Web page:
Comment by ian.64 2009-10-14 18:27:06

"Aside from that, as a Lincoln fan all I hear about is reference to Notts County, not League 2 or its other members. In addition it was most annoying to see Notts County on telly this weekend as they are the current media interest."

It's the 'bigness' factor that seems to attract the more obsequious of media elements and, sadly, it can't be avoided. In League One, it's Leeds with their 'big fish, small pond' aspect and in the Championship - well as far as the Guardian is concerned - only Newcastle seems to attract the attention of their scribes (that or Roy Keane's Ipswich), a tendency that brings a fair amount of criticism from fans on the subsequent comment threads that accompany such mysteriously slavish reports. The message is clear from the nation's hacks - unless you've been bought into by absurdly wealthy backers or are a supposedly massive club that's fallen into the lower leagues by virtue of being completely rubbish, all the rest of you piddling little outfits can f*ck off.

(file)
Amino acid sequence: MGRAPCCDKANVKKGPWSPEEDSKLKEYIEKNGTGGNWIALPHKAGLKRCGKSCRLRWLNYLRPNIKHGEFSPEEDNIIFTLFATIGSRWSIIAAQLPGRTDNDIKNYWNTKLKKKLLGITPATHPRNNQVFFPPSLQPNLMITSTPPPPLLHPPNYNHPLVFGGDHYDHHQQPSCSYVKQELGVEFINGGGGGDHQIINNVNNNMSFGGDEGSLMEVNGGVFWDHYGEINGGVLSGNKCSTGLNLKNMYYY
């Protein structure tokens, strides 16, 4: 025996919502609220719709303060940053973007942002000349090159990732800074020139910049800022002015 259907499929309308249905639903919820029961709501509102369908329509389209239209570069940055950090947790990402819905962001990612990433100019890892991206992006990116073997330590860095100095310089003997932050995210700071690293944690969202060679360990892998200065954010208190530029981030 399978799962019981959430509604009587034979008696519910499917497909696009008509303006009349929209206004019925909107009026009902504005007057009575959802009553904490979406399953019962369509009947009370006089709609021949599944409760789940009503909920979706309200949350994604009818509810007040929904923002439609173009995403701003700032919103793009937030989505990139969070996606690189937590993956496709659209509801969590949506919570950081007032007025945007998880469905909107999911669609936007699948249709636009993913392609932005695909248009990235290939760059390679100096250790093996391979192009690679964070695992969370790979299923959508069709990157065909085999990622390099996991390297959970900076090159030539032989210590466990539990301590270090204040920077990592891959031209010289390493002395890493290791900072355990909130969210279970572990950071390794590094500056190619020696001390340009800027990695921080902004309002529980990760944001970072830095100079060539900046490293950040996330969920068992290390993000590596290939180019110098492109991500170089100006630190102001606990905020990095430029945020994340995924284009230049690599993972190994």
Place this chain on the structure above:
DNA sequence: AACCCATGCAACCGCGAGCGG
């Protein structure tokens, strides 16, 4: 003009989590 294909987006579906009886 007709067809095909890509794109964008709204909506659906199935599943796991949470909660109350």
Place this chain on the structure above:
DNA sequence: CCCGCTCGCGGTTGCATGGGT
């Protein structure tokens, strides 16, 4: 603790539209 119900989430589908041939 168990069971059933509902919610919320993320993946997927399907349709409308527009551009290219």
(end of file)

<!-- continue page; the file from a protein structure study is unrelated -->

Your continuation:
Comment by Lincoln 2009-10-15 13:57:20

Ah yes Newcastle. The club with the fans who have suffered the most, so I am told, which will be news to Boston United supporters. Also to them, football is a religion and being a fan of another club I will never understand what football means, unlike them. I am sure that is not how Necastle fans think, but that is what we are told they think. Worst of all the Football League has a podcast which you would think would represent all the clubs. Fair enough Lincoln and numerous other smaller clubs have their mention, but it has got to the point where presenter Mark Clemmit actually apologises for talking about Newcastle "again".